The first-ever Firefly Music Festival descended upon the Dover International Speedway from July 20th-22nd  with a lineup boasting acts with profiles so high, one was forced to contemplate whether both artists and fans could simultaneously fit within the state’s modest borders (one in, one out?).  Every hotel within 30 miles advertises “No Vacancies- Welcome Firefly!” Telltale campground sprawls around the gates; weekend homes for the braver souls.

Juicy staff picks to take you through the back nine of the summer…

What do you mean, you’ve never heard of “thrash-folk?”

No, I’m not talking about a tribe of mud people who live in the woods of West Virginia; I’m referring to a brash and unstoppable force called River City Extension, who are, as you read this very sentence, unleashing one of the freshest sounds of the summer, shaking booties and destroying genre classifications along the way.  While their sound brazenly defies traditional classification,  if we must, let’s mix equal parts folk, Americana, and punk.  With such an eclectic brew, the question is fully begged: is it possible for a band without a clear genre to gain a following, especially in a time when labels are everything?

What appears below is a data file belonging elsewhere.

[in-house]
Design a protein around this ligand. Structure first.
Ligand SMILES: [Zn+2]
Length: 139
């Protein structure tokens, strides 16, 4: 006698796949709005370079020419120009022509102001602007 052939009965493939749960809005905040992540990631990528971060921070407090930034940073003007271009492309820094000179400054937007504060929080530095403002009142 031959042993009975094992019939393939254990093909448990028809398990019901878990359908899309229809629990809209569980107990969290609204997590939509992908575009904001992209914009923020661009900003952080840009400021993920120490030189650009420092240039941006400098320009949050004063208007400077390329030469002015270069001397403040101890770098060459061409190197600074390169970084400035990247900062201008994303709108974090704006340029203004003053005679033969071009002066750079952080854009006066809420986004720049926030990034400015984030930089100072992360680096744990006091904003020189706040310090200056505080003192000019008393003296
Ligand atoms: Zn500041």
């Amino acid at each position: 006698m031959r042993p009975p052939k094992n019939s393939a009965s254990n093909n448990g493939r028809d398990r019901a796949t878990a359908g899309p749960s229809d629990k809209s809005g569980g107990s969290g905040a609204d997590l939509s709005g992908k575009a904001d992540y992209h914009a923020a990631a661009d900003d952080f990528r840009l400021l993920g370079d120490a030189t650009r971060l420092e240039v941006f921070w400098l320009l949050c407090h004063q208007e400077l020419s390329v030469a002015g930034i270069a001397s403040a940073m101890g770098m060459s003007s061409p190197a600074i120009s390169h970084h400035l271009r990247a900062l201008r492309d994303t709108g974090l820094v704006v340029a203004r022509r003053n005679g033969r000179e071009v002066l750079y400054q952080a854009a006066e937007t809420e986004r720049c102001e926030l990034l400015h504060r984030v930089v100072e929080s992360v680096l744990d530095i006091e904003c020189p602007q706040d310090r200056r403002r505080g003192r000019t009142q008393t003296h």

This month, our resident music critic Kevin O’Conner agreed to give his harried editor a break and handle the lion’s share of the reviews. His one requirement was that we give him a crack at the new Fiona Apple album. Happy to oblige, Kevin…


The Idler Wheel is Wiser Than the Driver of the Screw and Whipping Cords Will Serve You More Than Ropes Will Ever Do



The release of a Fiona Apple album is always an event. Her second album (When the Pawn…) directed a middle finger toward mainstream conventions with its 90-word title. On 2005’s Extraordinary Machine, debates raged regarding the source and quality of a leaked version of the record (not to mention the inexplicable hype surrounding the whole “Free Fiona” campaign).